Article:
Electronic medical records (EMRs) have been touted as one of the solutions for healthcare’s cost and quality problems. But why haven’t we seen more benefits from EMRs?
Disconnect Between Costs and Benefits
The simple answer is that there is a disconnect between those who have to pay for EMRs and those who benefit from them. For example, many (if not most) national health reform proposals call for investing billions of dollars in EMR systems claiming that EMRs will save the healthcare system lots of money. However, these savings projections hide many important factors related to the timing of any potential savings, and how different stakeholders would be affected. Three specific questions should be asked about investment for any new technology such as EMRs:
- What are the direct and indirect costs and savings for the innovation?
- What are the expected time-frames for each of these effects?
- How do each of these effect different stakeholders?
For EMRs the answers to these questions are:
- There is a very large upfront costs for hardware, software, training, and converting paper records into an electronic format. Installation costs in outpatient settings have been estimated to be $40,000-50,000 per physician. In addition, clinical specialties that see patients more episodically (like surgeons), may find it easier to convert to EMRs than clinicians whose patients have chronic conditions (like diabetes) where it is important to have their long-term medical information in the EMR.
- EMRs can increase physicians’ billing revenue by enabling them to provide more accurate and complete information to payers, and thus get paid for more of the services they are actually providing and have fewer claims returned because of insufficient information. (Clinician’s increased revenues would also represent increased costs for payers.)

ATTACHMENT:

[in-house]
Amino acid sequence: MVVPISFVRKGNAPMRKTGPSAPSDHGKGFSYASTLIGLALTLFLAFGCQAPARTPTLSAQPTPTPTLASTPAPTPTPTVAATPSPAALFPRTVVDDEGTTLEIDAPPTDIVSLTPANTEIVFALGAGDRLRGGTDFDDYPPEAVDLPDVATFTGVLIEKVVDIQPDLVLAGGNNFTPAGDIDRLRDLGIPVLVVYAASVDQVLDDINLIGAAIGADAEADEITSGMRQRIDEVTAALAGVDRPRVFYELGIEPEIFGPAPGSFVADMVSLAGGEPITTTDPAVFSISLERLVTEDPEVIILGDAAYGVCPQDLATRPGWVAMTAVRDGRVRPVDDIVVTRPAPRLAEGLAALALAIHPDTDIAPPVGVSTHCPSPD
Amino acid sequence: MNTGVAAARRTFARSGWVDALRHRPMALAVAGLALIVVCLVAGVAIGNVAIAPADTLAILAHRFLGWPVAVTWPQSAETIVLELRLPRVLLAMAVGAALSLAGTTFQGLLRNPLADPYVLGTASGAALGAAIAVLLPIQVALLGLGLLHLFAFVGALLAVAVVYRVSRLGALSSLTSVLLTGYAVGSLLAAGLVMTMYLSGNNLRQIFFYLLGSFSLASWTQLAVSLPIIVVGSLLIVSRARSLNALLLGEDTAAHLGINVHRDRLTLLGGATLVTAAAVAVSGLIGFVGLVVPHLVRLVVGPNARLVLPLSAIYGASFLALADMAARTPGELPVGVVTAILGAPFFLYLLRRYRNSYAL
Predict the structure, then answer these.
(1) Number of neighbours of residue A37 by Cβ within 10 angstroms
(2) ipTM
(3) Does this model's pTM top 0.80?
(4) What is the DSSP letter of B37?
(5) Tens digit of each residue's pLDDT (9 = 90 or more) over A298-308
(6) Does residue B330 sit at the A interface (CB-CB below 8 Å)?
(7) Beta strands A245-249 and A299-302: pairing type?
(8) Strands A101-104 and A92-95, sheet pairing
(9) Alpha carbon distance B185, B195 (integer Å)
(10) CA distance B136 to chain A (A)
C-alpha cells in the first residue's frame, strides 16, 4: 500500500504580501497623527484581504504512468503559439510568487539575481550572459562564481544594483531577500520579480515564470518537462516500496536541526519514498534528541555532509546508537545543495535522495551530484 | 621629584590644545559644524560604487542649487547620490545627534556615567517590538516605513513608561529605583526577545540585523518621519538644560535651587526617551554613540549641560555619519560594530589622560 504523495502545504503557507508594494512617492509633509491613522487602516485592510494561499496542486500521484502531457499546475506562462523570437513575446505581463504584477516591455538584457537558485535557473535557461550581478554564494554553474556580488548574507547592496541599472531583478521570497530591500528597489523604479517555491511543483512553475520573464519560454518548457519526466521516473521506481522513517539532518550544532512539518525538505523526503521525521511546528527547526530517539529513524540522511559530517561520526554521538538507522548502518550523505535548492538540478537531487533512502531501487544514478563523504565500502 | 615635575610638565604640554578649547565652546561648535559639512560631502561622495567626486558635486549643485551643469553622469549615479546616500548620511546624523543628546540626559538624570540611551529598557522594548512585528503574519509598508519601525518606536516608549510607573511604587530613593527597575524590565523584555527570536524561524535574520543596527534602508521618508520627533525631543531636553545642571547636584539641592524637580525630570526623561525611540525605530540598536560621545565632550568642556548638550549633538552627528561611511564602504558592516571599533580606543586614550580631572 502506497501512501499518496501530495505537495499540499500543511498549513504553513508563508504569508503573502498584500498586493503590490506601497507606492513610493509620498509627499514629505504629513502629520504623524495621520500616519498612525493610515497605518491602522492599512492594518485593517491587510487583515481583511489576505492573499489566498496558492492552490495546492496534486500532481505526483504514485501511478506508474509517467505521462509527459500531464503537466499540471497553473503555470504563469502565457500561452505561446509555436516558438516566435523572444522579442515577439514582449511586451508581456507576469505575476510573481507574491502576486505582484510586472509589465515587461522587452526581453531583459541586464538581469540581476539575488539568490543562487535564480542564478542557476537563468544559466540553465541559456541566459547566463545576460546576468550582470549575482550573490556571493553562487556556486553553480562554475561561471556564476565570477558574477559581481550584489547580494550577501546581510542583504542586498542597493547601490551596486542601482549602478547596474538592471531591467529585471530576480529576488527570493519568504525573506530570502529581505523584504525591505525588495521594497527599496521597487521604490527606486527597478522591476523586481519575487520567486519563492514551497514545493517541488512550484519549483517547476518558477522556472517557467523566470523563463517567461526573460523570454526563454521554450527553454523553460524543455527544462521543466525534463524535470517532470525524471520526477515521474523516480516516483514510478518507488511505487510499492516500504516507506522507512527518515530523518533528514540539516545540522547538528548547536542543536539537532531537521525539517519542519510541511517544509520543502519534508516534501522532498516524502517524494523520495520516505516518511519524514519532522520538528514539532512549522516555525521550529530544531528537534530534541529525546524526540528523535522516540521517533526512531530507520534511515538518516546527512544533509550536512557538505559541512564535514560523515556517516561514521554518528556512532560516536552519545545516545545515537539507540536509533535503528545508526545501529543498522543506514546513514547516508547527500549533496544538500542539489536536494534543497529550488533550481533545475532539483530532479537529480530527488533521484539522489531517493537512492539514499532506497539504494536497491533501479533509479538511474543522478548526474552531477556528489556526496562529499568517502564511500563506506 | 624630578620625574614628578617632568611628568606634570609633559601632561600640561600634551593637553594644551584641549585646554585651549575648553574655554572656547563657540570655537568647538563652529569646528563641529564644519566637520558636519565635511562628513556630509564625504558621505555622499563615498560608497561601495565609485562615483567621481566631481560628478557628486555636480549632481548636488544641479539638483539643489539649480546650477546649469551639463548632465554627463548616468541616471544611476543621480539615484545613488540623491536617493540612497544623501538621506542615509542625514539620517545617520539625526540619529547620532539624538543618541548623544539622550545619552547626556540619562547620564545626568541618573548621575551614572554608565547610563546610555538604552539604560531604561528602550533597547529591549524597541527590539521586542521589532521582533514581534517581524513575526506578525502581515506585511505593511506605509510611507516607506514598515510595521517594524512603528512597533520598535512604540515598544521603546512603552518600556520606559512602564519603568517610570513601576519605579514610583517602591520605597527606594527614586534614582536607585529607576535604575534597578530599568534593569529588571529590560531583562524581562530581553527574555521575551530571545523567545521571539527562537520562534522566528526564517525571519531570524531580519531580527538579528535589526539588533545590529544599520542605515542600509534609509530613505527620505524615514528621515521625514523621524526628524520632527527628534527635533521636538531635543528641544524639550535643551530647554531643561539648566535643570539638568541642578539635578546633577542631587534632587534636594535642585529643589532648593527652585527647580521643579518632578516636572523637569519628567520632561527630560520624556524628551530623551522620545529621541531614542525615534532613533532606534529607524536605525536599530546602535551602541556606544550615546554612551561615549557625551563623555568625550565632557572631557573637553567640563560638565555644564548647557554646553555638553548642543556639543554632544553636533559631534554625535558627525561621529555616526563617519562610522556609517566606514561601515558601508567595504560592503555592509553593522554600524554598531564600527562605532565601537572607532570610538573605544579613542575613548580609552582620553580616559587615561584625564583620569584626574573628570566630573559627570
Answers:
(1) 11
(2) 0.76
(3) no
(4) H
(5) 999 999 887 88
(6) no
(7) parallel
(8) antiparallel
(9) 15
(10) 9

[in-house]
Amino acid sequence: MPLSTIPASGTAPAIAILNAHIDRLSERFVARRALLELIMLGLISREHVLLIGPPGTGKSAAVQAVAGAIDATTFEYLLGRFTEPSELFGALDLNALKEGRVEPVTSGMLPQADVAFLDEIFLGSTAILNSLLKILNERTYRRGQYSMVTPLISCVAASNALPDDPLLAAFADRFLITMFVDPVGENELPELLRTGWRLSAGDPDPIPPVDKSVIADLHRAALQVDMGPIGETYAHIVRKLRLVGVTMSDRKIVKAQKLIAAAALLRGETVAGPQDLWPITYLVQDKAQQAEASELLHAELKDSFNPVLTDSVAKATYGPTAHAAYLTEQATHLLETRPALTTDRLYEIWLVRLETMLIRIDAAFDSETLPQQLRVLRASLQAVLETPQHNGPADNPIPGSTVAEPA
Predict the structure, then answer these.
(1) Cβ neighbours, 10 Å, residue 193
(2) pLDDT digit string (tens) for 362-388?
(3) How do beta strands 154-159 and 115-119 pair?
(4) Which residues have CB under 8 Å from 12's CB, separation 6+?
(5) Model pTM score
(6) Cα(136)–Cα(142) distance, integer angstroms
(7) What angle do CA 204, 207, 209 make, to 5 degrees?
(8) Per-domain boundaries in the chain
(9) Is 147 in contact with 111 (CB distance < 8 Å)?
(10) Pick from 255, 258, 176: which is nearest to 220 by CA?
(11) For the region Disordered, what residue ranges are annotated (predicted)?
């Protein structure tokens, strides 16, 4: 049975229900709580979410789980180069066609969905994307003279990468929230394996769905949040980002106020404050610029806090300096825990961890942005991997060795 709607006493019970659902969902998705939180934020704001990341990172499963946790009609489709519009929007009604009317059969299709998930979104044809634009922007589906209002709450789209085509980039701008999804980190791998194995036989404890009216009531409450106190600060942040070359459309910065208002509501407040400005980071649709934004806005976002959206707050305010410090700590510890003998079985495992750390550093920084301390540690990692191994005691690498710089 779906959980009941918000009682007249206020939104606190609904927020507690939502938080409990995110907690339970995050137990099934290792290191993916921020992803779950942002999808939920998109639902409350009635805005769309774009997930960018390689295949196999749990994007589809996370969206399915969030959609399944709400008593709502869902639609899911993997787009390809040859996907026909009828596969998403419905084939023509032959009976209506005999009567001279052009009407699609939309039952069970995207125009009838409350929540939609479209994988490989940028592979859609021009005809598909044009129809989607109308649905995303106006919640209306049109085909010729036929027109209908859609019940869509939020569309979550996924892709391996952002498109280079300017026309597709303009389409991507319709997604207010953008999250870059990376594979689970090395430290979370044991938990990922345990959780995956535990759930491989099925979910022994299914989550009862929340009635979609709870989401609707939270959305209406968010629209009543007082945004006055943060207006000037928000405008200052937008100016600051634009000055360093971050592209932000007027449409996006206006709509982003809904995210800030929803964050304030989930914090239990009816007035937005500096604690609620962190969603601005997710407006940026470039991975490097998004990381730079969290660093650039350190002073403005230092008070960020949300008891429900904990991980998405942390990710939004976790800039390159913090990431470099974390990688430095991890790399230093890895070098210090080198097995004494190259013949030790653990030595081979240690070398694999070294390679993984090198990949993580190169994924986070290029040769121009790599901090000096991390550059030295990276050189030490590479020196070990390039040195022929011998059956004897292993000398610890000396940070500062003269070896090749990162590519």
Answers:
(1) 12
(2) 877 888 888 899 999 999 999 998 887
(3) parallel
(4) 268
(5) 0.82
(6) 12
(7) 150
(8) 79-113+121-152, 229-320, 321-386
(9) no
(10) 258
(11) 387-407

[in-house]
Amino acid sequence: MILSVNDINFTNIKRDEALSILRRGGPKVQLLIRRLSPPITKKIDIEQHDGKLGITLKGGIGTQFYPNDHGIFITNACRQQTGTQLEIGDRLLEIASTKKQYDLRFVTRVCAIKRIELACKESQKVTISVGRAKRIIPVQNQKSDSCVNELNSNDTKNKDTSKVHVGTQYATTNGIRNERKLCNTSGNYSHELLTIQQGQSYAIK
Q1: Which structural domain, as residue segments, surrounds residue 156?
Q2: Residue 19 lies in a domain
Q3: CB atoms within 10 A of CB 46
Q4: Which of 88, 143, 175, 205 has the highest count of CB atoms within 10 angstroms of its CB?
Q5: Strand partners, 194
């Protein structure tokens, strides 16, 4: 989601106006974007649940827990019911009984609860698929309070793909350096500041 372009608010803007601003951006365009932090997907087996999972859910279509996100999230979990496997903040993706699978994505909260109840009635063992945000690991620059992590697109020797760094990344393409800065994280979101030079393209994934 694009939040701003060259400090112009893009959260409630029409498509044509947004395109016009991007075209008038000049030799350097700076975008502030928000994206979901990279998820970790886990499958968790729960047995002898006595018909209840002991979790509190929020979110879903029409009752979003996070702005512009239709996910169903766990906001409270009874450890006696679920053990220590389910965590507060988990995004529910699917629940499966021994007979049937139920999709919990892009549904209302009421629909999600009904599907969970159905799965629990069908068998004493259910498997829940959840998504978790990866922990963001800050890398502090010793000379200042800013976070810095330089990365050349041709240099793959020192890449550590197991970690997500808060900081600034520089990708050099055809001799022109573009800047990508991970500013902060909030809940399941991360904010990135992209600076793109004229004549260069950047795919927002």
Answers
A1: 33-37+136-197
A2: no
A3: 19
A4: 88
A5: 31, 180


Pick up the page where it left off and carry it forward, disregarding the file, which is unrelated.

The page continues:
- EMRs ability to increase the efficiency of processing payments could reduce the staffing needs for clinicians and payers.
- EMRs can reduce the need for repeating tests when patient’s medical records cannot be found. This would result in savings for payers and patients, but might also result in lost income for the clinicians that provide those tests and related services.
The table below illustrates how each of these effects of EMRs falls into different types of costs and saving for different stakeholder groups:
Direct & Indirect Costs & Savings by Stakeholder Groups for EMR Adoption
|Stakeholder Group||Direct Costs||Indirect Costs||Direct Savings||Indirect Savings|
|Training CostsLoss of Revenue
|Increased Payments Due To Better Billing||Reduced Staffing
|Ability to Profile
|Less Time Spent
and Going to Repeat
One of the significant challenges of EMR systems is convincing people (particularly physicians and payers) that they will have real benefits that are worth the costs. Two articles have questioned the size and scope of benefits EMRs can produce: Linder et. al. in the Archives of Internal Medicine from July 2007 found that EMRs didn’t correlate with better quality indicators based upon a national survey of ambulatory care sites. The other was a April 2008 perspectives piece by Hartzband and Groopman in the New England Journal of Medicine. They noted that EMRs can “force doctors to give “standard” rather than “customized” care,” and concluded that, “We need to make this technology work for us, rather than allowing ourselves to work for it.”
Recent EMR Adoption Initiatives
Recognizing these potential pitfalls of EMRs, two recent initiatives to increase EMR use in doctors’ offices are taking different approaches – one in the State of Massachusetts and the other by Medicare: